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School of Concepts - Why Education is a Lifelong Investment

It is a universal truth that education can transform the lives of students. Mint Lim, Founder of School of Concepts (SoC), is taking it a step further by proving that it can do the same for teachers, too. School of Concepts believes in empowerment through literacy. That is why they not only offer subsidised rates to underprivileged students, but also hire inclusively through organisations such as the Association for Persons with Special Needs (APSN) — a partnership which Mint believes was expedited due to their affiliation with raiSE.

 Today, SoC conducts training programmes to help teaching assistants from APSN gain confidence in the classroom. In turn, hiring inclusively has also helped students understand and empathise that society is made up of different types of people who have different strengths.

But how did SoC go from supporting 50 monthly beneficiaries to reaching over 200 marginalised families in 3 years?  With no experience running a Social Enterprise, SoC in their early days functioned on a pay-what-you-want model for beneficiaries. Unfortunately, that proved unsustainable in the long run. Coincidentally, teacher who was visually impaired whom they hired, was the one who introduced them to raiSE and the possibility of a Social Enterprise model.

Eager to figure out a sustainable model for the business, SoC joined raiSE as a member and participated in the raiSE Fellowship ProgrammeThrough the programme, SoC was paired with Fellow, Ms Joyce Sit, who guided them on becoming investor ready. “We discovered a more structured way of reaching out to beneficiaries, learnt how to fine tune and measure our social impact in a clearer manner, and got insights on how investors think and how to pitch to them.”

“With raiSE walking with us through it, I don’t ever feel like I have to enter the lion’s den alone, as there’s always a big brother to follow me,” shared Mint.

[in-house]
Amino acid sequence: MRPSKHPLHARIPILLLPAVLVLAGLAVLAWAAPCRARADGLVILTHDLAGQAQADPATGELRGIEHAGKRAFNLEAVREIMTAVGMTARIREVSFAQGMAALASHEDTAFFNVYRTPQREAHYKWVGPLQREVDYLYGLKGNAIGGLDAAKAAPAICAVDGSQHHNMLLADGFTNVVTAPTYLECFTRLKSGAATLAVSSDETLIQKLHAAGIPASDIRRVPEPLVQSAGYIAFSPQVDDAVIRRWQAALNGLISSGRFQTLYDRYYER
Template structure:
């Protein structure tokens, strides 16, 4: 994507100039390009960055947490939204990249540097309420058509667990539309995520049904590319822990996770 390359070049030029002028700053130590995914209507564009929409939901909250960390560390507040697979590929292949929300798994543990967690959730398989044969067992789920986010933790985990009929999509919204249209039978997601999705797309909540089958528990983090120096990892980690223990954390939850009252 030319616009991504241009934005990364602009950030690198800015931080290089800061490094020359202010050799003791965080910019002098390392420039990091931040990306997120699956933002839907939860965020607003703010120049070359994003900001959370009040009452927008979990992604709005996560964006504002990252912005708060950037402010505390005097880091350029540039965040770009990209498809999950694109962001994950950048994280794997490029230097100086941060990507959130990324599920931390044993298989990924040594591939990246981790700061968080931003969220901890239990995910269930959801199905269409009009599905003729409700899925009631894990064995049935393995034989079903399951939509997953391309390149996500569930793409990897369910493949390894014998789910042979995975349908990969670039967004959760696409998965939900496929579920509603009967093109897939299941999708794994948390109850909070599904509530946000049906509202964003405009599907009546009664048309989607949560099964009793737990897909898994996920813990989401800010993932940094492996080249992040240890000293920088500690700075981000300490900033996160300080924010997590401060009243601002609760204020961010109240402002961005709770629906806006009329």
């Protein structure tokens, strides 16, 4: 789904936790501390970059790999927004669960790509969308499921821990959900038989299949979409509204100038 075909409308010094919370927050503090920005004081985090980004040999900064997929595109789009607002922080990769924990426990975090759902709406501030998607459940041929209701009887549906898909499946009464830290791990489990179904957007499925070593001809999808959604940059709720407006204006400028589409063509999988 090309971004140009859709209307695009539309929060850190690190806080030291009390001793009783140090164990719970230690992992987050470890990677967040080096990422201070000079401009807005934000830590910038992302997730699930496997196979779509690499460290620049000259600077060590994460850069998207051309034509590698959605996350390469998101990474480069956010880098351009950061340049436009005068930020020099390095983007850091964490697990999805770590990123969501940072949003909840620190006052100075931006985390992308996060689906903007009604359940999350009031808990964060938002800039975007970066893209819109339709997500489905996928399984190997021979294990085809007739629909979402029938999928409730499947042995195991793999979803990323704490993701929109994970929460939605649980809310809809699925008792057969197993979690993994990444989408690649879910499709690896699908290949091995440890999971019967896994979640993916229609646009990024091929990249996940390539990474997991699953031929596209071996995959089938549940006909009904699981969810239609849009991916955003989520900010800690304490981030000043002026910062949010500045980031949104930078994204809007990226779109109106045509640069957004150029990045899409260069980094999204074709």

SoC Founder Mint Lim (L) speaking with her staff

It did not stop there. raiSE then became SoC’s first investors for their Paya Lebar branch, catalysing opportunities for 3rd party investment. As a result, SoC clinched a third-party investor which helped them with the expansion of their West Gate branch.

“When investors know that we are an investee of raiSE, it gives them more confidence that we are a sustainable business. Having that endorsement was very critical for us,” explained Mint.

On top of helping them get their financial books in check and working with them to be investor ready, SoC also benefits from the raiSE network in the form of media feature opportunities and connections to organisations such as the Housing Development Board (HDB) for subsidised space rental, PAP Community Foundation for training partnerships, as well as connections to other SEs like Edible Garden City and Center Pottery for preschool excursions.

Despite being a young business, SoC is now standing proud with 2 main outlets and run their classes in close to 20 community centres, plus tailored programmes at 15 Social Service Agency locations. Looking towards the future, Mint hopes that her business’s success can help to prove that SEs can do good while being scalable, encouraging more people to give back to society in sustainable ways.